My students are freshman high school girls. The hardest part was getting them to just write without fear, which our NaNoWriMo challenge inspired them to do. You see the bones, quite scattered, in the various stories spread through out the two classroom accounts. For my class, I gave a story in Storia for each student. I helped them upload the four parts of their individual stories into moments. Since November, we have been workshopping their pieces to assist with content, action, setting, characters, and of course grammar. All of this could be done on a different platform, like Google Docs, but it's not very appealing. Here's why:
1) Visual Appeal. The way that the stories appear in our account is very visually appealing, and also looks very organized from both the web and app. It sorts better than just scrolling down to find sections and stories.
2) It Breaks Things Up. I have 18 students in each class, and with Storia I can have easily separate each student's work. The stories are further divided into manageable posts that for us I am using as chapters or sections of their story.
3) Easy to Assign Homework I can just assign a post. It also makes it easier for me to grade and edit as well, in small, manageable chunks.
4) It's easy to manage from a phone. I don't know about the rest of you teachers, but my students hate bringing laptops or even tablets to school. Everything is done on their phones nowadays! I hate seeing them squint as they read stuff on thier smartphone screens. But, with the way the Storia app is on the phone, Storia content is very easy to read and work off of. In fact, I myself work on Storia almost exclusively from my iPhone. So, they have no excuse to not do any homework you assign through Storia.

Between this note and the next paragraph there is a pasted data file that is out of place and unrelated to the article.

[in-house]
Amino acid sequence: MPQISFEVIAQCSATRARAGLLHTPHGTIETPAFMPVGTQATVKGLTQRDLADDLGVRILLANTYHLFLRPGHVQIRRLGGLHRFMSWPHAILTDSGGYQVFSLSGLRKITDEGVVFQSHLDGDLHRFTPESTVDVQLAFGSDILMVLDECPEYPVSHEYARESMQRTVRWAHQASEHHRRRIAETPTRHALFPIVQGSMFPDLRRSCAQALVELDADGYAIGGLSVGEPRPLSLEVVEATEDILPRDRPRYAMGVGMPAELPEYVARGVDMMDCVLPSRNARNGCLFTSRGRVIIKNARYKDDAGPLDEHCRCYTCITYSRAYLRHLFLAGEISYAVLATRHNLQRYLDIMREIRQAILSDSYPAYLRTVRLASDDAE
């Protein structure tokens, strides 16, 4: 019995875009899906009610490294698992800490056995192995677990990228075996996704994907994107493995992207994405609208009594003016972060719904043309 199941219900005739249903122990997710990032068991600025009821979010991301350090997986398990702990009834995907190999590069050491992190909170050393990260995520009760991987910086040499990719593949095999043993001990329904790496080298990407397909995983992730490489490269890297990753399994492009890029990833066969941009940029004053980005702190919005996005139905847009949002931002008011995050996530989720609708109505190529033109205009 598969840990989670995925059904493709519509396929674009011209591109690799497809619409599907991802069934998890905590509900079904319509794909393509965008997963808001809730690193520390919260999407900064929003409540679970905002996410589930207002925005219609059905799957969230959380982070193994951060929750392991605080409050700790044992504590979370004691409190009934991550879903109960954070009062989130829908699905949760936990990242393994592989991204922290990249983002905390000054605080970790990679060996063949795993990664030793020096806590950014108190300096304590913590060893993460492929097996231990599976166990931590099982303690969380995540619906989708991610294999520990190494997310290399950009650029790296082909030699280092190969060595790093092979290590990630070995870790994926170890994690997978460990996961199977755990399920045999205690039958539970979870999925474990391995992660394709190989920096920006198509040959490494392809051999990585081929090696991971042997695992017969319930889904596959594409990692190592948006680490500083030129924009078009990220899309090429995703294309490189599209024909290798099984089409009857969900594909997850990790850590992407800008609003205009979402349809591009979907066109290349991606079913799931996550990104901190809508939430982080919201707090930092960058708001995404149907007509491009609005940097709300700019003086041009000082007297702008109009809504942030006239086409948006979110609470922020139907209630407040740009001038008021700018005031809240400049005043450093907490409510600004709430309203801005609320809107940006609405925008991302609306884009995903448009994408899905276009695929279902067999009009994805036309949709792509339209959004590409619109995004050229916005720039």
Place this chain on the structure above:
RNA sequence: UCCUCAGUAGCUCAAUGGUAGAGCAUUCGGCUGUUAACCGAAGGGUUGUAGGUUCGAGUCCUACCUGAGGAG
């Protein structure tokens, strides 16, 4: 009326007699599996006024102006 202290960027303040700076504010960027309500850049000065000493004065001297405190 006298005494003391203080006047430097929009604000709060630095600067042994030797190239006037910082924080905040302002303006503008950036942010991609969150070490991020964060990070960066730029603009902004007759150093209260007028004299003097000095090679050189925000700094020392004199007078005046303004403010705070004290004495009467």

5) We can move things around. Not every part of each person's story is going to make it into our final product. As this project continues, we will start selecting our favorite sections from each story and combine them into one large story. For each class, the characters they are writing about are the same, they are just in different situations. We will select our favorites, then easily repost them to the greater classroom story that we are creating. Kind of like tearing apart a new creation, only to put it back together again as something quite different, yet perfect. These stages can all be illustrated easily to the students, and follows my lesson plans on teaching the editing process perfectly.
As a creative writing teacher, I love how Storia showcases their creativity, yet in an organized way. Instead of just cutting, pasting, and scrolling, through this tool you can break things into manageable, and visually appealing organized chunks. Editing is easy, and adding visuals is a piece of cake.
What next? Well, after we have all the posts/chapters chosen, and we have worked out a cohesive order for our greater story, we work on transitions to make the moments flow. Play around with rising and falling action, things that can be clearly demonstrated by breaking them down into clear scenes.
For creative writing classes, the potential is great, and Storia is the best platform to produce and show your class' content.